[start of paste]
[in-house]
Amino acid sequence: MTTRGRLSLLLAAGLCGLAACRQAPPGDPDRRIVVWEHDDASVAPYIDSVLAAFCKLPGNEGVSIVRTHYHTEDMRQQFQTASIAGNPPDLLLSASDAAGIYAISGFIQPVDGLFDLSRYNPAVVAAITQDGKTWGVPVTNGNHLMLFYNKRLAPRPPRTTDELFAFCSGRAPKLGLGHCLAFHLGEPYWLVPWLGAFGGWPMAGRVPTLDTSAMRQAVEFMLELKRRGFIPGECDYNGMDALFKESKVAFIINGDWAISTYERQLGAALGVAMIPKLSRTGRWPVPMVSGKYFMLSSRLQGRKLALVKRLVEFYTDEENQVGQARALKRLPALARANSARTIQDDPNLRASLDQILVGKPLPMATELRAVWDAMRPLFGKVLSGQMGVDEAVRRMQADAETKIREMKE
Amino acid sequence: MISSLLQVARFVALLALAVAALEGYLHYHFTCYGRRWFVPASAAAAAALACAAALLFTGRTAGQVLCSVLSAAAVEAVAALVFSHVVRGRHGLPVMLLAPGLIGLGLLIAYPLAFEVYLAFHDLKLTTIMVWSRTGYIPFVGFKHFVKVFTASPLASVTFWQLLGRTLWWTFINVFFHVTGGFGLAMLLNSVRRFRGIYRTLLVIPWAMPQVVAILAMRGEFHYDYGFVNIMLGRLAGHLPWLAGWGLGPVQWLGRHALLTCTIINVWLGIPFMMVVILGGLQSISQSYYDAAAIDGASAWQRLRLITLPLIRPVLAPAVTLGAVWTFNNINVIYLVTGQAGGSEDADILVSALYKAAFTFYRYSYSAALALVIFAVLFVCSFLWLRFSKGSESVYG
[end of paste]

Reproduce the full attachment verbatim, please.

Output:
[in-house]
Amino acid sequence: MTTRGRLSLLLAAGLCGLAACRQAPPGDPDRRIVVWEHDDASVAPYIDSVLAAFCKLPGNEGVSIVRTHYHTEDMRQQFQTASIAGNPPDLLLSASDAAGIYAISGFIQPVDGLFDLSRYNPAVVAAITQDGKTWGVPVTNGNHLMLFYNKRLAPRPPRTTDELFAFCSGRAPKLGLGHCLAFHLGEPYWLVPWLGAFGGWPMAGRVPTLDTSAMRQAVEFMLELKRRGFIPGECDYNGMDALFKESKVAFIINGDWAISTYERQLGAALGVAMIPKLSRTGRWPVPMVSGKYFMLSSRLQGRKLALVKRLVEFYTDEENQVGQARALKRLPALARANSARTIQDDPNLRASLDQILVGKPLPMATELRAVWDAMRPLFGKVLSGQMGVDEAVRRMQADAETKIREMKE
Amino acid sequence: MISSLLQVARFVALLALAVAALEGYLHYHFTCYGRRWFVPASAAAAAALACAAALLFTGRTAGQVLCSVLSAAAVEAVAALVFSHVVRGRHGLPVMLLAPGLIGLGLLIAYPLAFEVYLAFHDLKLTTIMVWSRTGYIPFVGFKHFVKVFTASPLASVTFWQLLGRTLWWTFINVFFHVTGGFGLAMLLNSVRRFRGIYRTLLVIPWAMPQVVAILAMRGEFHYDYGFVNIMLGRLAGHLPWLAGWGLGPVQWLGRHALLTCTIINVWLGIPFMMVVILGGLQSISQSYYDAAAIDGASAWQRLRLITLPLIRPVLAPAVTLGAVWTFNNINVIYLVTGQAGGSEDADILVSALYKAAFTFYRYSYSAALALVIFAVLFVCSFLWLRFSKGSESVYG